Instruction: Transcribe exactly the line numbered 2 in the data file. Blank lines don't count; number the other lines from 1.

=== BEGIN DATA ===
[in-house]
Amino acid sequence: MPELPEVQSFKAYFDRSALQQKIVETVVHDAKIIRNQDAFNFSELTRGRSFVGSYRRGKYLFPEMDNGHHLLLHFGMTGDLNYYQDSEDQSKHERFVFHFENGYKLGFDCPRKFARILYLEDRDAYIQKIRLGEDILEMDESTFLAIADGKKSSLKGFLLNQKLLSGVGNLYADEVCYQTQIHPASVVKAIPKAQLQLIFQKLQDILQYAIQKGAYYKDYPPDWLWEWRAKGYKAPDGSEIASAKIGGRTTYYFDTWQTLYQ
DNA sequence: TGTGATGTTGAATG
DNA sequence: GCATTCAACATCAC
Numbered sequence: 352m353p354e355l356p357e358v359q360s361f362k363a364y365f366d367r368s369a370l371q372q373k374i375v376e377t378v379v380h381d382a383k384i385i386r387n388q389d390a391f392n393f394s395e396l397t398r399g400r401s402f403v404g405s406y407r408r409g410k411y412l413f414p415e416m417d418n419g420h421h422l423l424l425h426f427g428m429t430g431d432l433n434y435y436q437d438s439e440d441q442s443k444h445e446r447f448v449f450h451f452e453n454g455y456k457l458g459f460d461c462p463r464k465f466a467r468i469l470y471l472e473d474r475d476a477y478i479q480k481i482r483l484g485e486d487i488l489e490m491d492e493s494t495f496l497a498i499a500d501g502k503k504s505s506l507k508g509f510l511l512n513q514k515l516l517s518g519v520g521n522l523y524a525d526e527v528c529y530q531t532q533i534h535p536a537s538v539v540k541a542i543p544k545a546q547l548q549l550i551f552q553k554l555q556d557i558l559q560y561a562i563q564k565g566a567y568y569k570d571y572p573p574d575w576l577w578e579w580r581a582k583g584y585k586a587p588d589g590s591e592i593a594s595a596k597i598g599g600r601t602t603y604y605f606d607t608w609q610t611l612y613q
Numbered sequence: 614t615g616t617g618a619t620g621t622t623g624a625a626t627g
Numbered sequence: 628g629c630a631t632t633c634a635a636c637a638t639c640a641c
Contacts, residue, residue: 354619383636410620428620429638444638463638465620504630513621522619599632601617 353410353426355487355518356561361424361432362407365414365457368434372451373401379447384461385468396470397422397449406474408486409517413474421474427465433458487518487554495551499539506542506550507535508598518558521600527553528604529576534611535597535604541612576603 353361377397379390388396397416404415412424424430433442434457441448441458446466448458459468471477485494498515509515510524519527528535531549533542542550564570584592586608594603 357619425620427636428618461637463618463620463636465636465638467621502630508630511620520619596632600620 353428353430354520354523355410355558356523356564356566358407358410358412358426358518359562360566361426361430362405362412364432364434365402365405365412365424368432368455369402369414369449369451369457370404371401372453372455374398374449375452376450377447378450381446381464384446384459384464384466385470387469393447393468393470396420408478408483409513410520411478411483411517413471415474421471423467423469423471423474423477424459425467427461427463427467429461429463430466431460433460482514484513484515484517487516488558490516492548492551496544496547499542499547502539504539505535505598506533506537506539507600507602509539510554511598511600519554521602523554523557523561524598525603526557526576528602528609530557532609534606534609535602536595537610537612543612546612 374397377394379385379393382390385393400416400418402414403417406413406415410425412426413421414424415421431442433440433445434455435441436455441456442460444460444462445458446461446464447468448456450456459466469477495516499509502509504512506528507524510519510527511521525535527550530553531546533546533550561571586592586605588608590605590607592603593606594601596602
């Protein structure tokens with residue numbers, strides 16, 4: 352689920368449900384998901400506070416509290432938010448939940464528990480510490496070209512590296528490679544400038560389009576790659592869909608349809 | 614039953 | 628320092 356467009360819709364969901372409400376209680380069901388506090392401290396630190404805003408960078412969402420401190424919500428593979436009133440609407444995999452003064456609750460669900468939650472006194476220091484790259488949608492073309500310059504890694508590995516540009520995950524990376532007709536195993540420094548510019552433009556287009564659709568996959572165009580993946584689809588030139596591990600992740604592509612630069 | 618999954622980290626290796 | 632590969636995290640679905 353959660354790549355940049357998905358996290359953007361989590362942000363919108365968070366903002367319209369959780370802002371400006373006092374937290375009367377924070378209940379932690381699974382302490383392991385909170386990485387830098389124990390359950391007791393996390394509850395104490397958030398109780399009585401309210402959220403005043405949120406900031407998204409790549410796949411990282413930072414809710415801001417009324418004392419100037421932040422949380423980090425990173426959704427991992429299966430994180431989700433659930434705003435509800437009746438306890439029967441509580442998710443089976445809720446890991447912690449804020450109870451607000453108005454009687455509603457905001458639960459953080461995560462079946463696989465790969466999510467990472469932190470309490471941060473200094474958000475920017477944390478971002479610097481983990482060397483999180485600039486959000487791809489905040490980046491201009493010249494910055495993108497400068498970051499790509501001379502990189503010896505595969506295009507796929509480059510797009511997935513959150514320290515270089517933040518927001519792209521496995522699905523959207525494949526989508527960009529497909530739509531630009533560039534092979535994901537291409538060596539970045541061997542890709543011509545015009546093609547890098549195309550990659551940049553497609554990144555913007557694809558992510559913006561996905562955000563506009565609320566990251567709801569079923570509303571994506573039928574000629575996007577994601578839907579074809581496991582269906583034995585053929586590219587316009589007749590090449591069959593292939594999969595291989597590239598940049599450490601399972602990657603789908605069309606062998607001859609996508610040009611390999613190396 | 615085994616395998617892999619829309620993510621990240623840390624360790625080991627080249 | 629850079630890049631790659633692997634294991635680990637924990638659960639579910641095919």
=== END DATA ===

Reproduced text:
Amino acid sequence: MPELPEVQSFKAYFDRSALQQKIVETVVHDAKIIRNQDAFNFSELTRGRSFVGSYRRGKYLFPEMDNGHHLLLHFGMTGDLNYYQDSEDQSKHERFVFHFENGYKLGFDCPRKFARILYLEDRDAYIQKIRLGEDILEMDESTFLAIADGKKSSLKGFLLNQKLLSGVGNLYADEVCYQTQIHPASVVKAIPKAQLQLIFQKLQDILQYAIQKGAYYKDYPPDWLWEWRAKGYKAPDGSEIASAKIGGRTTYYFDTWQTLYQ